The translation is attentive to NDiaye’s style, even if it lacks a little of her trademark concision, the economical lyricism that characterises so much of her work. The vocabulary is rich, though occasionally a little more formal in the English than in the French equivalent, owing to different fields of vocabulary usage between the two languages. Nonetheless, this is a careful translation that is respectful of the author and shows a deep acquaintance with her œuvre, and it deals particularly well with the surreal aspects of the text (as you can see from last week’s feature). In particular, the black thing that moves too quickly to grasp features both in this early section and in a chilling final scene: it comes from (or may be) the Garonne river, a pulsing presence that runs ominously through the fragments of narrative. Early on the river is described as “brown tonight, heavy, almost bulging”, and the town waits nervously but passively for the banks to break and the flood to come: if there is something inexorable about the swelling and pull of the river, so too the novella wields a destabilising and hypnotic power, hinting at dark things beneath the surface.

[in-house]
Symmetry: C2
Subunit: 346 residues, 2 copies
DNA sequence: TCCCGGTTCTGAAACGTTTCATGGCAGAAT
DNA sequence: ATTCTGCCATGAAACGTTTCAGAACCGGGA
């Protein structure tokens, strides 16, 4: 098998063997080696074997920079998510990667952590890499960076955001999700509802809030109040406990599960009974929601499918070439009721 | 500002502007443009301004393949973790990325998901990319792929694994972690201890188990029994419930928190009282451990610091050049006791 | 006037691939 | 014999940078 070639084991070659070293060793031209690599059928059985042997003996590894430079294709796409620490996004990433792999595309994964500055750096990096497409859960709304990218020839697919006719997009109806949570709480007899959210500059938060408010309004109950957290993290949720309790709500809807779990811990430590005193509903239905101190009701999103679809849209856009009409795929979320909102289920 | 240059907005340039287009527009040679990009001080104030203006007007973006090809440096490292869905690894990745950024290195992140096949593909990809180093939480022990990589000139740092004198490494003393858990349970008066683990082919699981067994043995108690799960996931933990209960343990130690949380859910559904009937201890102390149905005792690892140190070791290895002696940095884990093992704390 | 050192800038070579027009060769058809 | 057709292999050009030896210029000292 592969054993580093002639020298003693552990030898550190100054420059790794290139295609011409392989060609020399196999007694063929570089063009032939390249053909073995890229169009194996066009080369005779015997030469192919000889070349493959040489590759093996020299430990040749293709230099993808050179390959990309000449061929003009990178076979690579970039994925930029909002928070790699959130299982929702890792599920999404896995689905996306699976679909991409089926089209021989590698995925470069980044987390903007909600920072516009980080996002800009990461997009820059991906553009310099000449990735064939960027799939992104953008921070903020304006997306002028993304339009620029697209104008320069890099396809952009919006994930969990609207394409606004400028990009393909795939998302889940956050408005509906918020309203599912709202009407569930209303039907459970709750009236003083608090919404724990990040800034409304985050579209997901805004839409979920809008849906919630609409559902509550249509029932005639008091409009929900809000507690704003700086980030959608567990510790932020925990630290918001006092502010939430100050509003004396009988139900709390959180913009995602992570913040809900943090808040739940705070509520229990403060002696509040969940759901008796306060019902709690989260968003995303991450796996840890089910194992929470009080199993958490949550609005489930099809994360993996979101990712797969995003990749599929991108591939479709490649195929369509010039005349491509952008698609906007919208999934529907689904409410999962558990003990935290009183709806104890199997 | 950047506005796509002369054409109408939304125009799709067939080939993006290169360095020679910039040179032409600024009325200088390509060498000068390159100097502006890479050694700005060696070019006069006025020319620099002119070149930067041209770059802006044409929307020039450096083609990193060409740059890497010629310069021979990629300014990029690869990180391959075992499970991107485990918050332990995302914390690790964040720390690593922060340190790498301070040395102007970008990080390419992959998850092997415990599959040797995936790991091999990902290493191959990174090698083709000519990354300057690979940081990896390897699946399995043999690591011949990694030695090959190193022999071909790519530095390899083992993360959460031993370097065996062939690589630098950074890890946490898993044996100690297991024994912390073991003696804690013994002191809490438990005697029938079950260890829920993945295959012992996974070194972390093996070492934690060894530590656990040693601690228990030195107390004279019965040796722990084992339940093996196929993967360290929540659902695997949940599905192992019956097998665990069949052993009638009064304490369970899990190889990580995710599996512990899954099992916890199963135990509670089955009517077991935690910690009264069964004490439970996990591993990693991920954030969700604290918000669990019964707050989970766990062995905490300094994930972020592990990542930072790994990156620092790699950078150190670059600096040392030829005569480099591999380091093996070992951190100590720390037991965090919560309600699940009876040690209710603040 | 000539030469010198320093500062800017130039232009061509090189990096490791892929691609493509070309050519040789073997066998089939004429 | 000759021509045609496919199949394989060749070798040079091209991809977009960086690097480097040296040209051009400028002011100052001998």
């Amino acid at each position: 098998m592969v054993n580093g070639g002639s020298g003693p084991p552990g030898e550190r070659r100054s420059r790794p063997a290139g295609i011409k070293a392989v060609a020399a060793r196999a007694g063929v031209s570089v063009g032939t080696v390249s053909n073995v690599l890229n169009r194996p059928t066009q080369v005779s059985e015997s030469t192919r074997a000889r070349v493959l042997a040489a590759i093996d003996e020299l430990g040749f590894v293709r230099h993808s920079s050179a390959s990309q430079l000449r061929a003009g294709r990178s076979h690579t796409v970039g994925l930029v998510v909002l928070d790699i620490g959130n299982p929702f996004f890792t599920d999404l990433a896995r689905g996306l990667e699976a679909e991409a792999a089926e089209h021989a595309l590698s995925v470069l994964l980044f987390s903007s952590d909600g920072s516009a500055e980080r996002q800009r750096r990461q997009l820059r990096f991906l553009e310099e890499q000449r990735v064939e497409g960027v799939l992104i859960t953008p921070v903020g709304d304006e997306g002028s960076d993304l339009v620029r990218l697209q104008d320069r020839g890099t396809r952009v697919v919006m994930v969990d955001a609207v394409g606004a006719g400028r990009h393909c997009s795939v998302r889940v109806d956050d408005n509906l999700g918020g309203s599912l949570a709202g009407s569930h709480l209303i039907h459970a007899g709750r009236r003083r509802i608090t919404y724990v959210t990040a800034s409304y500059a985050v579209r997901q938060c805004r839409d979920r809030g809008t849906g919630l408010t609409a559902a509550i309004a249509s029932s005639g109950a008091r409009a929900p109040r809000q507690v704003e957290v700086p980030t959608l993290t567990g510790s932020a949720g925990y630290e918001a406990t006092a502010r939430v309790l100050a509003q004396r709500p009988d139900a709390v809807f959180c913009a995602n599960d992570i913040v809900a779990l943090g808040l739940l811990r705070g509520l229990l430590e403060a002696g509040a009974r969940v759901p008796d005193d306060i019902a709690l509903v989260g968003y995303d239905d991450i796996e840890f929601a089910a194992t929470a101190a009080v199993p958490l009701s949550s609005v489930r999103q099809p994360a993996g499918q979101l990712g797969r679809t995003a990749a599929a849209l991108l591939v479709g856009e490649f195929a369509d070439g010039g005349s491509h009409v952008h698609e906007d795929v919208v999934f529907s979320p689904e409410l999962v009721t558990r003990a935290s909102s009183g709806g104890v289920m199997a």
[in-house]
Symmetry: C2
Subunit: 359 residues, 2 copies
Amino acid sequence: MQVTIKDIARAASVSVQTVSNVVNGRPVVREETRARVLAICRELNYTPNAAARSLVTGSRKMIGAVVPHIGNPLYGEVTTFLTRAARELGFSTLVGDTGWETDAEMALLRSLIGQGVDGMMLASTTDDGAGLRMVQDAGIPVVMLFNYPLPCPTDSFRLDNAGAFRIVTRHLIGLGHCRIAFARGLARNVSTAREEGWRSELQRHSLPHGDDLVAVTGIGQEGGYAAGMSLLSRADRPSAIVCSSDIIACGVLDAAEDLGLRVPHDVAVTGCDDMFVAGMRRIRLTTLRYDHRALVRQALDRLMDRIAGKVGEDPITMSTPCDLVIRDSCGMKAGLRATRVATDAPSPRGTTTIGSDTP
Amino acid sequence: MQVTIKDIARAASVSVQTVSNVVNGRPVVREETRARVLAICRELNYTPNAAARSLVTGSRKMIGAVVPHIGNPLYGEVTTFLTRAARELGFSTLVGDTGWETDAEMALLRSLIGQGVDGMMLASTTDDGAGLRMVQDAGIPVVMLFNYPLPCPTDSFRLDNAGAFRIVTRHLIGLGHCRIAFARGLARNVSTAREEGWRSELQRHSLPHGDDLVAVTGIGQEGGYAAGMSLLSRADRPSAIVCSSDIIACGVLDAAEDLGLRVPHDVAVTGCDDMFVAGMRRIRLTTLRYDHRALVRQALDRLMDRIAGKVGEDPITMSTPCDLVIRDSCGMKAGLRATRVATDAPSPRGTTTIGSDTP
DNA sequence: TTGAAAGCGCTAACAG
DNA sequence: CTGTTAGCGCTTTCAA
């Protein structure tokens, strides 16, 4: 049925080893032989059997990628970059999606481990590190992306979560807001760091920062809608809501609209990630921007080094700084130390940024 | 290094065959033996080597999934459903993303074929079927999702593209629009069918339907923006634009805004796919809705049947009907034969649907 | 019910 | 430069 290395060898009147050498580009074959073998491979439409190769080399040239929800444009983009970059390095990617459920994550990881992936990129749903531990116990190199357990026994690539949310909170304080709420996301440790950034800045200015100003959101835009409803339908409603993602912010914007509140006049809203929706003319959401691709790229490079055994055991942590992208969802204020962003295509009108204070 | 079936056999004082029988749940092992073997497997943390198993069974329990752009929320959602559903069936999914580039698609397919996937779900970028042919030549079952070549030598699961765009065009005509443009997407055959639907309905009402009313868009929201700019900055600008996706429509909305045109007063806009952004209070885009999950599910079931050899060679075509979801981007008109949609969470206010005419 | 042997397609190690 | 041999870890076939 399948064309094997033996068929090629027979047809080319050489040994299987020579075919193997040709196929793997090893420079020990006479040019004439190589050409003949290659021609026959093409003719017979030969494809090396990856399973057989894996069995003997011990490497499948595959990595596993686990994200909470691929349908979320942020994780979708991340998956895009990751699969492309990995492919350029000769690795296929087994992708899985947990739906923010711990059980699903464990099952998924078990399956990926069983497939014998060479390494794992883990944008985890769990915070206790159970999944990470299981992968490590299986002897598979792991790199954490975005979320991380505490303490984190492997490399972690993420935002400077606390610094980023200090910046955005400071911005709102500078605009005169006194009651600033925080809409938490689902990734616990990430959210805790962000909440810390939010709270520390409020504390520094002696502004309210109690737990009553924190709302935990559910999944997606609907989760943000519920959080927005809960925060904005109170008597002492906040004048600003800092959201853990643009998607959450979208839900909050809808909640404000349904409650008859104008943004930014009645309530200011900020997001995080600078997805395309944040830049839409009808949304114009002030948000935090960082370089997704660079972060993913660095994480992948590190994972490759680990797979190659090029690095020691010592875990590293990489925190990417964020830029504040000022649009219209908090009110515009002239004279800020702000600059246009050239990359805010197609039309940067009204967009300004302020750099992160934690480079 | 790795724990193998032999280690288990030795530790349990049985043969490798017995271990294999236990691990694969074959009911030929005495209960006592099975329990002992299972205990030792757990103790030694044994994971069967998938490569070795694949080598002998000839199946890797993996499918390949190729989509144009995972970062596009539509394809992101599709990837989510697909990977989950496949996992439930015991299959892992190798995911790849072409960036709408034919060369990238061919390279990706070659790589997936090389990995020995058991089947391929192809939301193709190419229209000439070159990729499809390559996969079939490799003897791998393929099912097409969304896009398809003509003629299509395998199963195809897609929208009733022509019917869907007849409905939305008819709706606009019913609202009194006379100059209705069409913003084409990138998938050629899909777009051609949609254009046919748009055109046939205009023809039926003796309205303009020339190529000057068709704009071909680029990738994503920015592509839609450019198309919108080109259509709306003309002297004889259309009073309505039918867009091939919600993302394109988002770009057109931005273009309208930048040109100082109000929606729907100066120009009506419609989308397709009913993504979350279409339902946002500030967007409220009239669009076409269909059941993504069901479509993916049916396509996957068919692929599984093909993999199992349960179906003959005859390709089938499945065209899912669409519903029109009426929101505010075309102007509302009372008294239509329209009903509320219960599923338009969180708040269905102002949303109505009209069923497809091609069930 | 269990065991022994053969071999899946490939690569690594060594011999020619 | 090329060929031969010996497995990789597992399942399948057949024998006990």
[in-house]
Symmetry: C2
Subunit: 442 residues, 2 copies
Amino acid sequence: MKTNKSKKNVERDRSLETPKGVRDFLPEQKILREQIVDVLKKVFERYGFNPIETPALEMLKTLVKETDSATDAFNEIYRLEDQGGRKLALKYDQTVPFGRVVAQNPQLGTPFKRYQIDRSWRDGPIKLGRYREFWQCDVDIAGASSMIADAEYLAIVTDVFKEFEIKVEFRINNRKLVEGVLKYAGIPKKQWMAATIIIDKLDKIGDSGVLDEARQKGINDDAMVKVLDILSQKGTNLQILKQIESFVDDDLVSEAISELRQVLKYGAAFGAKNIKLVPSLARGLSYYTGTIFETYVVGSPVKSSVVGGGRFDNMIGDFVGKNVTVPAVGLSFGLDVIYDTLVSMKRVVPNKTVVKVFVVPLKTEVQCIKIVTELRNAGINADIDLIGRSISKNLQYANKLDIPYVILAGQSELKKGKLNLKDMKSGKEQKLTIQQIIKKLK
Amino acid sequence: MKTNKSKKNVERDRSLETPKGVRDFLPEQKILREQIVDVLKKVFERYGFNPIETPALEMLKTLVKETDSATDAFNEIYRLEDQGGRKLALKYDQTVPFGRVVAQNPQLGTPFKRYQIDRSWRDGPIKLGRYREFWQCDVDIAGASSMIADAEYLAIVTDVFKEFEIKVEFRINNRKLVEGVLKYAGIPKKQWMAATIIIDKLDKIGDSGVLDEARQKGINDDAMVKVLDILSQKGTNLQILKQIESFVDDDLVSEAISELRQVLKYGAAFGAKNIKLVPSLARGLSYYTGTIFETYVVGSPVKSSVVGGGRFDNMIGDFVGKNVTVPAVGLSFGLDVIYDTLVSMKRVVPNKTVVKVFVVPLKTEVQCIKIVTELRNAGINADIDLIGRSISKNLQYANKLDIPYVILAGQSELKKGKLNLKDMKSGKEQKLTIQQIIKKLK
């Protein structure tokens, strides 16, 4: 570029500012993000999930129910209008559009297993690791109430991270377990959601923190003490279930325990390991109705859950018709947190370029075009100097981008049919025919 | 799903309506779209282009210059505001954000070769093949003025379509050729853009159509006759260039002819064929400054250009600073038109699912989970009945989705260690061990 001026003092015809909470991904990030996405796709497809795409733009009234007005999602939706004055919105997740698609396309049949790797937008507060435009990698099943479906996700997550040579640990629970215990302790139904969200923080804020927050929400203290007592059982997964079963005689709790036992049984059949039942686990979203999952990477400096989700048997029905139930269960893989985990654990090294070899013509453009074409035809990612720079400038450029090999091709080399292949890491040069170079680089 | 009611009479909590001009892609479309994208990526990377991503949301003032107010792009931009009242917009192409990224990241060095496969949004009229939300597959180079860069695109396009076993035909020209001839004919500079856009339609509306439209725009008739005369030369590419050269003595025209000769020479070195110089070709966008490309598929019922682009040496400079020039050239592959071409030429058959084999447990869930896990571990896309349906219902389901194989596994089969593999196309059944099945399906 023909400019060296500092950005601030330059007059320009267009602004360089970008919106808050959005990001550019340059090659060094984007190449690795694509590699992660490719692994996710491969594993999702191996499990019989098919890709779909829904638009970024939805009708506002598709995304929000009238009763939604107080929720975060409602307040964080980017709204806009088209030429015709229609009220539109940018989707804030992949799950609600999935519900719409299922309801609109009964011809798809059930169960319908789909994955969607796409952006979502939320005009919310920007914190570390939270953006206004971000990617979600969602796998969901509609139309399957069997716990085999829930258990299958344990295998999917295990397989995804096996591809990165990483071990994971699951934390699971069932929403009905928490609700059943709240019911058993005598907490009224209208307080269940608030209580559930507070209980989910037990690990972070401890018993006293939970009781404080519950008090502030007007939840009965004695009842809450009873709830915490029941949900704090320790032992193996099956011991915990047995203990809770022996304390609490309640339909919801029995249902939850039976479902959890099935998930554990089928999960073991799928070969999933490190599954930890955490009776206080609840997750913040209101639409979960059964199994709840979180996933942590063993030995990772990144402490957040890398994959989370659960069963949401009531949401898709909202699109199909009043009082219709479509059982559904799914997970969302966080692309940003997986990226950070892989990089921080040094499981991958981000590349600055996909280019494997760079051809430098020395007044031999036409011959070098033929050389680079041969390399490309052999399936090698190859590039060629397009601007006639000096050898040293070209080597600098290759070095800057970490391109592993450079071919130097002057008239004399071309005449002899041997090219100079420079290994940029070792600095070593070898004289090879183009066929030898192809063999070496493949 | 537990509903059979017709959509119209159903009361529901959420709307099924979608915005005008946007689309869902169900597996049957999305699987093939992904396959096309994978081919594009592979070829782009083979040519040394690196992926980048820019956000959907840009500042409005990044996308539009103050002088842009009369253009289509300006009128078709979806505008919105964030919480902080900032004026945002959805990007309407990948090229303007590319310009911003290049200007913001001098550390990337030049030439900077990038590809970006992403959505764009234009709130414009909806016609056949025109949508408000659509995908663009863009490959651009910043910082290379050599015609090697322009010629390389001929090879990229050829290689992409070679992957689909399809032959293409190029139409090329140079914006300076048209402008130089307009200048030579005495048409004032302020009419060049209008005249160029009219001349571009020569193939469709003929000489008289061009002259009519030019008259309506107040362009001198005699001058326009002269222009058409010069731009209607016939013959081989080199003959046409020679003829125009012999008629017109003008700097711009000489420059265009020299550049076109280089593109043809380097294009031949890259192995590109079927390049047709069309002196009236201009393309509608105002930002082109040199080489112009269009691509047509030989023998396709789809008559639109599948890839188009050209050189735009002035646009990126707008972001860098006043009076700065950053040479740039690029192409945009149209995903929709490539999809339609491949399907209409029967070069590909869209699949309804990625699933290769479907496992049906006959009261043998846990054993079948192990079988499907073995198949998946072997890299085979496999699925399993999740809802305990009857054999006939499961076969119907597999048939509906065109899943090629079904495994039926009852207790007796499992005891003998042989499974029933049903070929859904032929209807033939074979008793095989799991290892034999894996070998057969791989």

Review copy of Self-Portrait in Green provided by Influx Press

Editorial and extract: SELF-PORTRAIT IN GREEN by Marie NDiaye


I’m very excited to bring you a piece by Sanya Semakula, Assistant Editor at Influx Press, about bringing Marie NDiaye’s work to the UK with the publication of Self-Portrait in Green (translated by Jordan Stump), released TODAY by Influx Press. Sanya writes passionately and insightfully about her discovery of NDiaye and the importance of this publication, and her piece is followed by an exclusive extract from Self-Portrait in Green.

Sanya Semakula is Assistant Editor at Influx Press. She is a short story writer and editor based in East London, her work can be found online at LossLit or in print anthology Flamingo Land and Other Stories.